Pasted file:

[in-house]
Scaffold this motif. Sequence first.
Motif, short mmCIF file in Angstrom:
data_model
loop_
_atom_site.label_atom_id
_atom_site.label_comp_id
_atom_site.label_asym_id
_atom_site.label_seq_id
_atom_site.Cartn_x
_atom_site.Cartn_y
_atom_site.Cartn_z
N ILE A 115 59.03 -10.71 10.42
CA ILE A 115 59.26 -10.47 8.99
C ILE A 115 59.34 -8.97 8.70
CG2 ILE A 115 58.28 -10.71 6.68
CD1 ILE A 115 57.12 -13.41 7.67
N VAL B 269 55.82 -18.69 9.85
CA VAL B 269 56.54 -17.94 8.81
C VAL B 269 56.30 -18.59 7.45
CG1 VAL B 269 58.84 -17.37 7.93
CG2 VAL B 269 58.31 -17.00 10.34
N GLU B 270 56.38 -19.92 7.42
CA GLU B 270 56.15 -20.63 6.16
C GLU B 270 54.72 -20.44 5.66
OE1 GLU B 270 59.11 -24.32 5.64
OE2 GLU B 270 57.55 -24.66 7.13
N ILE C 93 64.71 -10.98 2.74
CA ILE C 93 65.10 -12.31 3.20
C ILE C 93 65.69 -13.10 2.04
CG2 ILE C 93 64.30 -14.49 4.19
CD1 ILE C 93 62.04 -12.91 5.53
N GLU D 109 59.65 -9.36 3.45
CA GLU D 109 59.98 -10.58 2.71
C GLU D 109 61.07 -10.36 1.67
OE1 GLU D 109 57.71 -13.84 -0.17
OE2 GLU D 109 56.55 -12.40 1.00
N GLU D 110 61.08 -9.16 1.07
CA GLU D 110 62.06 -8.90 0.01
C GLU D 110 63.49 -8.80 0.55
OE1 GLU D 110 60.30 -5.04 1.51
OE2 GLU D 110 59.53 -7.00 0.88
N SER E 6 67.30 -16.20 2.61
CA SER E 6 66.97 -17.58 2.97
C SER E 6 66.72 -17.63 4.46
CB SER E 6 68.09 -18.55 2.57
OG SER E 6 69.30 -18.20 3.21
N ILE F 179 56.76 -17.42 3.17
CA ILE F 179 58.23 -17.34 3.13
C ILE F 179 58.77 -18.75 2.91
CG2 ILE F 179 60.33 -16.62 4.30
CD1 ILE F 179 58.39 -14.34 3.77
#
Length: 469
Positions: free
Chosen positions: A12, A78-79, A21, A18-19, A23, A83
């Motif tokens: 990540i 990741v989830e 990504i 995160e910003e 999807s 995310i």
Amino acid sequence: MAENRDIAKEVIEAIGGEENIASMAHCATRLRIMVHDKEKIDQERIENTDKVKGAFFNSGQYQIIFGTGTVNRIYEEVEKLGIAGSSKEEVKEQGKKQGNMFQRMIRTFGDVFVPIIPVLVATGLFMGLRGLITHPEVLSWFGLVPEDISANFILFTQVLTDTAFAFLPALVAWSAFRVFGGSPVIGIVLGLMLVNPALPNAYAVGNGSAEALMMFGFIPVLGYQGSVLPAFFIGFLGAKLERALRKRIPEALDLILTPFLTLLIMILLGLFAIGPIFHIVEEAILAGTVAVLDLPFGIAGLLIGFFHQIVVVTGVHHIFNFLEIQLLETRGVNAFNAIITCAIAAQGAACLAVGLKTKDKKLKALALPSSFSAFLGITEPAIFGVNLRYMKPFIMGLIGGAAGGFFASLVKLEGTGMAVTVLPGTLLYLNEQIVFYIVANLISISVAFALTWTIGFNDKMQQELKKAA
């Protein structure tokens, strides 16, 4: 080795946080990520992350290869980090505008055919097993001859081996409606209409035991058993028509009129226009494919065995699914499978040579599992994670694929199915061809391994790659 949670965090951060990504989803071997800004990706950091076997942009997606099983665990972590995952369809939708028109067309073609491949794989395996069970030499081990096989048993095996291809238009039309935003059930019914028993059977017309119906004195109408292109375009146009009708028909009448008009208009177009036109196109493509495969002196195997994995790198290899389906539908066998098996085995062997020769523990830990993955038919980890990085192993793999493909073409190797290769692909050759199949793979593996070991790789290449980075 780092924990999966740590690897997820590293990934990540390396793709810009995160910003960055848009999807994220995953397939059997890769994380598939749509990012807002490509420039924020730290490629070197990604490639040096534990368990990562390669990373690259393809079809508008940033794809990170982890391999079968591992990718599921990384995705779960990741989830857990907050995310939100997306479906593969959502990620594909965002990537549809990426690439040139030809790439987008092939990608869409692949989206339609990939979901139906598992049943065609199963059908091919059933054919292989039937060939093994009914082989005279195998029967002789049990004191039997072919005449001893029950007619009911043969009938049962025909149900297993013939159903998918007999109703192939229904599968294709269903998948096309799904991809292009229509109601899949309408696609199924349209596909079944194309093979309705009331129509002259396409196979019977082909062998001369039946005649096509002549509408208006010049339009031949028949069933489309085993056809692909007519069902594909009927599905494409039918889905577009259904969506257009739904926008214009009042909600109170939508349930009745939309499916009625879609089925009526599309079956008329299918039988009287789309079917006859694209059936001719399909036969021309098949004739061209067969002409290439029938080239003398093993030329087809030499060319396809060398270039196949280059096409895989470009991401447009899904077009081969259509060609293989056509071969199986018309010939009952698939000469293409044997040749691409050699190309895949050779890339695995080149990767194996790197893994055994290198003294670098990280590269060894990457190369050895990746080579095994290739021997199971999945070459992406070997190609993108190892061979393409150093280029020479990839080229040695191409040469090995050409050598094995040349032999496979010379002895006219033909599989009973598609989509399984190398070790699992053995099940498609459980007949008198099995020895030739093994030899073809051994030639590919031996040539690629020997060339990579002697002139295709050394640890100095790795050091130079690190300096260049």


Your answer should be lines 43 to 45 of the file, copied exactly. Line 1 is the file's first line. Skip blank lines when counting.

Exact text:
N SER E 6 67.30 -16.20 2.61
CA SER E 6 66.97 -17.58 2.97
C SER E 6 66.72 -17.63 4.46